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Programming Hyper-V with WMI and C# - Getting Started

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You may have seen from a recent post that I received a new laptop that was capable of running Hyper-V.  Well, it's all fully installed and working, so I thought I might blog about it a bit.  There are plenty of existing blogs on Hyper-V, so I thought I might take a slightly different tack and look at coding for Hyper-V in C#. 

This suits me fine as I like to get to know new software technologies via their API - I think it really helps to understand the features and what you can do with a technology if you have to write some code using it.  You may think differently, depending on how much coding you do - if you are more of a scripter, then check out my colleague, Ben Pearce's blog, where he does a similar thing to what I'm doing here, but using PowerShell.

Anyway, Hyper-V provides a nice interface for scripting and programming.  The interface is usable from any scripting/coding language that can access WMI.  For example: VBScript, C++, PowerShell, C#, etc.  In this short tutorial I'll look at connecting and querying via C#, but the techniques can be easily adapted to the language of your choice.

UPDATE:  After posting I realised I'd made a classic dev mistake:  I wrote and tested the code while logged in with an account with administrative rights on the Hyper-V server, and just assume you'd do the same  If you have any access problems make sure you use an appropriate account.  Some references to help with setting that up:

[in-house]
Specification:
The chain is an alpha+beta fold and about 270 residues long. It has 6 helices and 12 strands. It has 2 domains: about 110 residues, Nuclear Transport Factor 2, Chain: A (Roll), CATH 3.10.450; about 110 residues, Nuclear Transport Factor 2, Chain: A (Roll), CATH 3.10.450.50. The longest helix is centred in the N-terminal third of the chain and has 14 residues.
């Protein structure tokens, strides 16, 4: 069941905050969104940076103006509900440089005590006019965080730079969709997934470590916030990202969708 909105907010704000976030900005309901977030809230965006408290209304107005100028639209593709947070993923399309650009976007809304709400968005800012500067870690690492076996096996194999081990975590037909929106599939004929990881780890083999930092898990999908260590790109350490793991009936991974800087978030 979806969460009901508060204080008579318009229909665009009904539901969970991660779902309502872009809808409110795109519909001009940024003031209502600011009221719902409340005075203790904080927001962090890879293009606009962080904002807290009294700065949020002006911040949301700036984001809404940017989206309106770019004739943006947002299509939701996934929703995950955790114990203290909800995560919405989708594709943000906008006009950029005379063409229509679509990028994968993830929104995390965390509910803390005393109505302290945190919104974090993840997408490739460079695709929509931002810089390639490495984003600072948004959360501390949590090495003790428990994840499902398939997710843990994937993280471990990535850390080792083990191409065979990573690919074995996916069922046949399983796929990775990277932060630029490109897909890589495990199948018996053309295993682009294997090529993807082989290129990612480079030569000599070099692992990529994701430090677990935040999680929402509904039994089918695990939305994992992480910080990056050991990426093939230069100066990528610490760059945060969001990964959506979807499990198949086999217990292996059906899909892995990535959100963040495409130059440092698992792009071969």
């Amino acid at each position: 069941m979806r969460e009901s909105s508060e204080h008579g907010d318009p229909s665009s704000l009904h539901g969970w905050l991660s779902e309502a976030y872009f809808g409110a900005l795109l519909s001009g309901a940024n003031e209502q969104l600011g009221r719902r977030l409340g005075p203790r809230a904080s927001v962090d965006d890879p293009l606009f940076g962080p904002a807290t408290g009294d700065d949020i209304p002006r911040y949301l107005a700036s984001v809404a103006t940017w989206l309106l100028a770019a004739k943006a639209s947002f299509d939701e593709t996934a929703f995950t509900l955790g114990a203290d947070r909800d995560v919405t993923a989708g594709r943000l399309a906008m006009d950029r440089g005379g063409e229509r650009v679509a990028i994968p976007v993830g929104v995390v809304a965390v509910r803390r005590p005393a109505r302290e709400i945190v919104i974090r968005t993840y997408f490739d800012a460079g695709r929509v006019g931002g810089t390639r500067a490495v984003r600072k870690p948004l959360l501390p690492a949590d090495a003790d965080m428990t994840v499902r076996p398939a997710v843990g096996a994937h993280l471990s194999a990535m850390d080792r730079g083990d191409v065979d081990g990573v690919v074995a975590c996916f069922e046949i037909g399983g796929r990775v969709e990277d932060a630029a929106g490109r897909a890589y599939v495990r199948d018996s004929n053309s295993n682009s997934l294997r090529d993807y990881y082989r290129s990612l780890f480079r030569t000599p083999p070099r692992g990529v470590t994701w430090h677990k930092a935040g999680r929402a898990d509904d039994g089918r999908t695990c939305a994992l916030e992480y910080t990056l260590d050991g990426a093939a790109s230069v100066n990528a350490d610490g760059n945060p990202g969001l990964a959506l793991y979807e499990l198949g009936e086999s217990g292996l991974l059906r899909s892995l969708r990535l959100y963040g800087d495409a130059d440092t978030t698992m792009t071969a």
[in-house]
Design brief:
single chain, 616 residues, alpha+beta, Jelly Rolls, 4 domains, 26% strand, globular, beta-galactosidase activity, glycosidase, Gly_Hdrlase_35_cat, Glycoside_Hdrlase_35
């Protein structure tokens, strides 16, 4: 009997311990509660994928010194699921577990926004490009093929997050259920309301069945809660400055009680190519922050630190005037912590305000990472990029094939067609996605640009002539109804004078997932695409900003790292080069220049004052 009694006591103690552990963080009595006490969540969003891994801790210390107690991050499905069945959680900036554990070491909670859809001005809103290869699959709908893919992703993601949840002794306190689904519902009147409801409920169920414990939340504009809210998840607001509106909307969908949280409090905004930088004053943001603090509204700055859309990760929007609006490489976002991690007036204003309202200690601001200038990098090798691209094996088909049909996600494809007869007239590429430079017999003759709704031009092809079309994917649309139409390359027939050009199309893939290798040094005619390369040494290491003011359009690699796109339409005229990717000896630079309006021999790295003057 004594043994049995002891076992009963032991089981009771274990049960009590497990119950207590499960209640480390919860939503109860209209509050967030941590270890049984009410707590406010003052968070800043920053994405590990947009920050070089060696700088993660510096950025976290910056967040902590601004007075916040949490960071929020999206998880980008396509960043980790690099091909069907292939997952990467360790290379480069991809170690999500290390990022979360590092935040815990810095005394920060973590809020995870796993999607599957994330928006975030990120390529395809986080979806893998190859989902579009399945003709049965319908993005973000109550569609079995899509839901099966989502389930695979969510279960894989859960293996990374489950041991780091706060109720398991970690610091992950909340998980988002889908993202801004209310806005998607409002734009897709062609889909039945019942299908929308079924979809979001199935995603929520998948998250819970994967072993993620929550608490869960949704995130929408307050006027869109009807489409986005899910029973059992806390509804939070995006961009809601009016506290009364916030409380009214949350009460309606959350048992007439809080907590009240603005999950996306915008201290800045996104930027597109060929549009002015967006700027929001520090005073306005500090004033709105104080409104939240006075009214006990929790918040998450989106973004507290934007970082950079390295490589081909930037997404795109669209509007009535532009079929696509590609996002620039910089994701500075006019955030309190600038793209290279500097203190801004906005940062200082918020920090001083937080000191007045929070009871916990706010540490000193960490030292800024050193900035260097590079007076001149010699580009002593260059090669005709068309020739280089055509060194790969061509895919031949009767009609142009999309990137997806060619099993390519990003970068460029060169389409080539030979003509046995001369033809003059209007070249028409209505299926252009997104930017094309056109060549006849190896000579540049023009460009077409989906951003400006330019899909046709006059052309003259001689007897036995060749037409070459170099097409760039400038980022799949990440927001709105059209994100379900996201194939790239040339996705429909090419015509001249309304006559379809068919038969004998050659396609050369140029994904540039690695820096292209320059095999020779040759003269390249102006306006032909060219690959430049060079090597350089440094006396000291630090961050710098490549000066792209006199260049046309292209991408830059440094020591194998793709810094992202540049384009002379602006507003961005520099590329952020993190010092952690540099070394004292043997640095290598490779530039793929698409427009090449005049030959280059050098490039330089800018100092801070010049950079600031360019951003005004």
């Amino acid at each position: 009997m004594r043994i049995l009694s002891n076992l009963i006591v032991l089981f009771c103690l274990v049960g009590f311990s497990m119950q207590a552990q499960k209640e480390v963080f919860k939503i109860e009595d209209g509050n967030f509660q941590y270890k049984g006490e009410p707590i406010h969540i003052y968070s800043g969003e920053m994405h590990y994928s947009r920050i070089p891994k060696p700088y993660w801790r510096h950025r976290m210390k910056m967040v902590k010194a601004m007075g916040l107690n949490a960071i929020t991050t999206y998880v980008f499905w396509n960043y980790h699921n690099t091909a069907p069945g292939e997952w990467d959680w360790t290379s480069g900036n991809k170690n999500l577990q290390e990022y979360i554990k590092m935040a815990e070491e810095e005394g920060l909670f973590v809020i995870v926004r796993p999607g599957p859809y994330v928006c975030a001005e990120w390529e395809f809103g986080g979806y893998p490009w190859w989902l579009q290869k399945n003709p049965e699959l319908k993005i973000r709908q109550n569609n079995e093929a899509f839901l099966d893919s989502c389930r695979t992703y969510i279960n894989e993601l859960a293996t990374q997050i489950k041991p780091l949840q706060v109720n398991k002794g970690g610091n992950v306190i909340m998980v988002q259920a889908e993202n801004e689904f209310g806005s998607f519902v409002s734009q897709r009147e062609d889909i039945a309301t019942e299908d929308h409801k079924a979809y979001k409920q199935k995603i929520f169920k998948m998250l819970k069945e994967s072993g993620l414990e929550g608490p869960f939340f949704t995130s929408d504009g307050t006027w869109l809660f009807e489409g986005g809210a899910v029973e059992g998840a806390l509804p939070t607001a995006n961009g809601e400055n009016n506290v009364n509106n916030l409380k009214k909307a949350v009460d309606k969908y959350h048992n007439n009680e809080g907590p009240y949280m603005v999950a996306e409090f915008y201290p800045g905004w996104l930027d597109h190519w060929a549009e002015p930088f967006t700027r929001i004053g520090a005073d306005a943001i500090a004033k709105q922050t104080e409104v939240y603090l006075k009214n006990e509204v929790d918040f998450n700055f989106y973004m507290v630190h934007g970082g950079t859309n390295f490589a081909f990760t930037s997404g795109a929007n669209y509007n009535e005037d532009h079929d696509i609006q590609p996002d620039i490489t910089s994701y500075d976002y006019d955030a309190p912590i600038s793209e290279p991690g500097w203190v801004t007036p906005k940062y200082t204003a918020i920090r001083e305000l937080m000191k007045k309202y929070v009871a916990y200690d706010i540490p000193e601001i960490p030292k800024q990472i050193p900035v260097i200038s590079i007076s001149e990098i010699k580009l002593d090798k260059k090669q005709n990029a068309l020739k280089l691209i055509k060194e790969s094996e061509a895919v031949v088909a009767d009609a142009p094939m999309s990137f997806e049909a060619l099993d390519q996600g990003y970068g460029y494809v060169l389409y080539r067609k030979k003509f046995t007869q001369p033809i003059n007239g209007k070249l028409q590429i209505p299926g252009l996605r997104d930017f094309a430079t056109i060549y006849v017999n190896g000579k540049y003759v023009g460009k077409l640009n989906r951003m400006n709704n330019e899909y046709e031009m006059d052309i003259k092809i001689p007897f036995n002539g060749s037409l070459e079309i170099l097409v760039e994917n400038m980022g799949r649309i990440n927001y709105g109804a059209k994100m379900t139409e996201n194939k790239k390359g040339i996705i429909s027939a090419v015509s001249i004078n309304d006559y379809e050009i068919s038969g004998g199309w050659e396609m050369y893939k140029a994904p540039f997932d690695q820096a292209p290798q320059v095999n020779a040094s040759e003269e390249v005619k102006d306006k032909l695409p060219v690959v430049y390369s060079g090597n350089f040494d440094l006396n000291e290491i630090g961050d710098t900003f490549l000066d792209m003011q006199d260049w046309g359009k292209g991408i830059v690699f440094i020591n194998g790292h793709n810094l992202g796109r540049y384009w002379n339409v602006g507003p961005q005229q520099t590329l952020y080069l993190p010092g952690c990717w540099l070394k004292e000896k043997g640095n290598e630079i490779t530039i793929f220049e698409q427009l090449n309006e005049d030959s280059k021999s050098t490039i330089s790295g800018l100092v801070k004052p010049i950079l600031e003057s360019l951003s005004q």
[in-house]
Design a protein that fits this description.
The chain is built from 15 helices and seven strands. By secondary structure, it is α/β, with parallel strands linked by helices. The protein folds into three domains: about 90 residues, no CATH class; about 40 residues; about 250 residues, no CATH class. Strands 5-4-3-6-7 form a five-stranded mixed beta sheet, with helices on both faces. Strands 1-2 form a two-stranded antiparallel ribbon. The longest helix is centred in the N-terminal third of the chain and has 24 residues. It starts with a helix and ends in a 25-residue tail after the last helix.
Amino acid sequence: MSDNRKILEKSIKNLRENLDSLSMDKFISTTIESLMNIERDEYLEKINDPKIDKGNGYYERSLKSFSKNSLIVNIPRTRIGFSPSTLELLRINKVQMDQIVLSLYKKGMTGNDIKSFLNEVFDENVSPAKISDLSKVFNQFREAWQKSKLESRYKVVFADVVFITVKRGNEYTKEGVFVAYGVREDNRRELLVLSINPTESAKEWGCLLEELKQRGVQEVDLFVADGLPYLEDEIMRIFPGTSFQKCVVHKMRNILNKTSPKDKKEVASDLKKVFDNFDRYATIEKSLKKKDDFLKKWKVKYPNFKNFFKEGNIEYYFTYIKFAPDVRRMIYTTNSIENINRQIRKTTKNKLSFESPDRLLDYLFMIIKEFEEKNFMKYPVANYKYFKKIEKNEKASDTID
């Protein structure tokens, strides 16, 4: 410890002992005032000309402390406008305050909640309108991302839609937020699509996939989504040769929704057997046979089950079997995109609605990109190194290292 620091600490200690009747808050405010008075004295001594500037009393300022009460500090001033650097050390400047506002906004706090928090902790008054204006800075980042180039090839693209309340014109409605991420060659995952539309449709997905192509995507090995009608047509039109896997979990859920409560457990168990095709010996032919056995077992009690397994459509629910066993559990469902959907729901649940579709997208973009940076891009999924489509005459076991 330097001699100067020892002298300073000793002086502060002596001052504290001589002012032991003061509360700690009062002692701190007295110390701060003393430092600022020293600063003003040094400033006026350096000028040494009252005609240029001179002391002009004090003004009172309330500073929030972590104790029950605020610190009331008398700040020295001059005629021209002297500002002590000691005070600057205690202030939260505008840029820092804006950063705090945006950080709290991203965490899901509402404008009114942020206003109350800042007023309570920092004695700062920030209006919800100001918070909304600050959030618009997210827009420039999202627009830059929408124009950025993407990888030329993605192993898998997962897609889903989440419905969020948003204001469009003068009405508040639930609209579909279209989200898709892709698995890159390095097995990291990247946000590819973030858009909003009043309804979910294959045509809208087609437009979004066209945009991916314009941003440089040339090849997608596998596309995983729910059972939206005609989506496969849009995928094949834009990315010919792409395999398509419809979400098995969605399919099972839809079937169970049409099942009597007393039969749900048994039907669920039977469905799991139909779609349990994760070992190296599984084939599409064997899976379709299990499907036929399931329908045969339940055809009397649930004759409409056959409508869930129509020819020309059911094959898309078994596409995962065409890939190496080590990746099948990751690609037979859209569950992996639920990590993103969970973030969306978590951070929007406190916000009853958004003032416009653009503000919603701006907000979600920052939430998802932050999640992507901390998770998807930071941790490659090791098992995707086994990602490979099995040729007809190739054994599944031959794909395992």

Connecting to WMI on a Remote Computer

Hyper-V Remote Management: You do not have the requested permission to complete this task. Contact the administrator of the authorization policy for the computer ‘COMPUTERNAME’

Basic Connection

WMI is the Microsoft implementation of WBEM and has been around since Windows 2000, so you may already be familiar with it from scripting, etc.  If you've used it in C# before, then even better - working with Hyper-V will be a breeze for you.

For this example, we will need to use the Msvm_ComputerSystem class.  This class gives details of a Hyper-V host or virtual machine, including the "state" (i.e. is it running, paused, etc), "runtime" (how long has it been executing), etc.

Using this class, we can easily connect to the local system and grab a list of the VMs.  The important WMI bits are these:

// add this namespace in order to access WMI
// also need to add a reference to System.Management.dll
using System.Management;

// we want to connect locally (".") to the Hyper-V namespace ("root\virtualization")
ManagementScope manScope = new ManagementScope(@"\\.\root\virtualization");

// define the information we want to query - in this case, just grab all properties of the object
ObjectQuery queryObj = new ObjectQuery("SELECT * FROM Msvm_ComputerSystem");

// connect and set up our search
ManagementObjectSearcher vmSearcher = new ManagementObjectSearcher(manScope, queryObj);
ManagementObjectCollection vmCollection = vmSearcher.Get();

// loop through the machines
foreach (ManagementObject vm in vmCollection)
{
    // display VM details